We’ve all seen the stats. Out of the 32 times it’s been awarded, only eight of its victors have gone on to claim the 16 victories needed to hoist the ultimate prize, the Stanley Cup (the first year the Presidents’ Trophy was awarded, the first round of the playoffs was a best of 5 series, but the Oilers lost in the divisional final). That’s just a quarter of the time. I understand thinking that the percentage should be higher however, only six have lost in the first round and just three Presidents’ Trophy winners have made the Cup Final and have fallen short.
Now, if you were to ask any player, coach, or front office associate about the Presidents’ Trophy, they’re not going to respond with talk of banners or the actual trophy. The real prize is claiming home ice throughout the playoffs. The true reason you see the absolute best from hockey players for 82 games after going through through months of training camps is so that they can have an opportunity to play in front of their home crowd when it matters most.
And when during the playoffs would being able to play a singular game mean the most in front of the home crowd?
That’s what the Nashville Predators have given themselves after beating the Winnipeg Jets 4-0 to tie up their Western Conference Semi-Final series at three games apiece. Fifty-three wins…117 points in 82 games have rewarded Nashville with a game on Thursday night at Bridgestone Arena. There’s just one tinsy winsy problem; history doesn’t care where the game is played.
Since 2000, the Presidents’ Trophy winner has played in 13 game 7s, and has lost 7 of them. After going 9-2 at home during the playoffs last year, the Predators are just 3-3 this postseason. So, where’s the advantage? What’s the big deal? Well for one, of the 166 game 7s in NHL history, the home team holds a 58% edge over the visitors (97-69). The team that scores first is an even more successful 75% (124-42).
But, I digress. I’m not the stats guy. The other amazing writers here typically give you the black and white…the X’s and O’s. Me…I tell you what you should think and feel.
And Smashville…you should be getting your Thursday attire laid out and telling your boss(es) that you’re leaving early. You’ve never had this opportunity to see a game 7 and you won’t get this particular one again. You have arguably the two best teams in the league in Nashville and Winnipeg (thanks, NHL for that stupid realignment…bring back the re-seeding) going back and forth, toe-to-toe at center ice, each trading victories and not having won consecutive games all series. Here’s hoping that last one ends on Thursday.
All the other series are over. Las Vegas (cough, cough…that was hard to get out), Tampa Bay, and….no. That can’t be right. WASHINGTON? The CAPITALS are in the Eastern Conference Final? I’m guessing the league just hasn’t noticed and at the time this gets published, Gary Bettman will step in and announce that the Washington/Pittsburgh series will become the best-out-of-9. Anyways, Thursday night will have one game. All eyes of the hockey world will reign down onto Broadway and once again, as we were last June, Nashville will have an opportunity to show the world that this IS a hockey town.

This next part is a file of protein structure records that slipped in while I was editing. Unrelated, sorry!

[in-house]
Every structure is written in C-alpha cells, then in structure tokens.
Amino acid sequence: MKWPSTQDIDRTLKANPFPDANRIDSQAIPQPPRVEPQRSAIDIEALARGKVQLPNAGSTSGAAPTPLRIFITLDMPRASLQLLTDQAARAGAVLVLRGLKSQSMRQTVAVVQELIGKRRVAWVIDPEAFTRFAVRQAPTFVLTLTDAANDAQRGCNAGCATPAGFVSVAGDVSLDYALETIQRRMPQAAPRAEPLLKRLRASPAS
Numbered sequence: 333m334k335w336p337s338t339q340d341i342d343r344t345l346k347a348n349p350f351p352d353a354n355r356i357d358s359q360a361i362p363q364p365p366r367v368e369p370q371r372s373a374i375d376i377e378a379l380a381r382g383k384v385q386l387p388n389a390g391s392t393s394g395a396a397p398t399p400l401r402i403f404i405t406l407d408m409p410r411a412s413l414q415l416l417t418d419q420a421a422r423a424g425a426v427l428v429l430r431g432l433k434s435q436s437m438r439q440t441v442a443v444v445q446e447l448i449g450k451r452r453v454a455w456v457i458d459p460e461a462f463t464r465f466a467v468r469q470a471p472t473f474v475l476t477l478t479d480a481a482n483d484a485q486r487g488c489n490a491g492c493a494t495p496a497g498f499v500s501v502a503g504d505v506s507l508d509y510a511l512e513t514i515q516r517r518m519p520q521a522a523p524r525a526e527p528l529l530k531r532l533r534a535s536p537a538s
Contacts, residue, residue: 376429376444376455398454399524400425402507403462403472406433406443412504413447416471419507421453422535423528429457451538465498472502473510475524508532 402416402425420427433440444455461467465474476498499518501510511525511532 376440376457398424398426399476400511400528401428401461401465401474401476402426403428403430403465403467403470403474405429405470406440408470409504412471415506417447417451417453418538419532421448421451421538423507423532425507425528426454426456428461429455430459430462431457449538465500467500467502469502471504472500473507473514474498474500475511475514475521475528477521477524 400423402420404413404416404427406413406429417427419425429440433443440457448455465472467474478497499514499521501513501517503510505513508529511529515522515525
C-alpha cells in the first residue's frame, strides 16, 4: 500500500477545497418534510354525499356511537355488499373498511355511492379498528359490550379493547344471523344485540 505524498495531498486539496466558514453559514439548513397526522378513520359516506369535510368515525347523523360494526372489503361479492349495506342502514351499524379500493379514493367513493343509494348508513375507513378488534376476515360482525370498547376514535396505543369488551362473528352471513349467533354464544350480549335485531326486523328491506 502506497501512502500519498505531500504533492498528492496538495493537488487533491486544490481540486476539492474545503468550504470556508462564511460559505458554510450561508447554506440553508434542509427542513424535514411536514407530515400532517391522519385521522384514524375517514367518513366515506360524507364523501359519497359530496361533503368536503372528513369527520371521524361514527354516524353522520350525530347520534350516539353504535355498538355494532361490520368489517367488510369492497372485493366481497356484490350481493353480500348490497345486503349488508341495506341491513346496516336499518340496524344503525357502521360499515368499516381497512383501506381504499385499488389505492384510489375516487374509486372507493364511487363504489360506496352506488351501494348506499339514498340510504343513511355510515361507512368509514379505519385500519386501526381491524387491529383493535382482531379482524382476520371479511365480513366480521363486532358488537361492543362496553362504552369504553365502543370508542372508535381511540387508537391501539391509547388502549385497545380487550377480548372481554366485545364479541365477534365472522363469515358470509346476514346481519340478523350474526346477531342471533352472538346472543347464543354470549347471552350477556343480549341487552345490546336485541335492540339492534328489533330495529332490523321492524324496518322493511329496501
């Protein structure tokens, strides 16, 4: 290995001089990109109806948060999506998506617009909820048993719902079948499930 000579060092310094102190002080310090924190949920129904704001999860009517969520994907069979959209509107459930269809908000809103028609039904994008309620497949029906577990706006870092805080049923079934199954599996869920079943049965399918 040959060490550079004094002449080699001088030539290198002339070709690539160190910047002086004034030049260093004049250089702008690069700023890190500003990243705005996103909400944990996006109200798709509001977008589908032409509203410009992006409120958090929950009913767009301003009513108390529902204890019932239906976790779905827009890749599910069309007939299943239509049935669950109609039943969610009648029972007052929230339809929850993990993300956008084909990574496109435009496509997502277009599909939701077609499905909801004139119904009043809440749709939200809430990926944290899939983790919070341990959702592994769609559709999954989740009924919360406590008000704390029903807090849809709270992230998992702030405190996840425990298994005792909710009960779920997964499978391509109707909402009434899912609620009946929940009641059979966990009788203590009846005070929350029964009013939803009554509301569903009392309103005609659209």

You have the chance to go right through Blake Wheeler’s body with all of the fake, piped in noise you can muster. Peter Laviolette has the opportunity to verify that Scott Hartnell is, in fact, the missing link to this team and just the right addition into the lineup to spark the entire roster.
Games 7s are supposed to be a coin flip. That’s what makes them great. No one team has such an overwhelming advantage that game 7s captivate us. Game 7s also produce heroes. I call upon everyone in Nashville…all damn near 700,000 that call Nashville proper home to rise up and be the hero. Realistically, this could be the last game of the year, and despite whatever result may come Thursday, this team has given us so much to cheer for. Everywhere you turned, history was being made; winning streaks, wins, points…
Oh yeah, and that trophy thing. History is the study of the past through documentation. But the Predators have history in front of them. In order to make history, they’ll have to break some history. The last team to win the Cup after winning the Presidents’ Trophy was Chicago. Wouldn’t it be fitting that team that drove the Blackhawks into obscurity be the next ones to do it?
That, ladies and gentlemen, is what we call, poetic justice.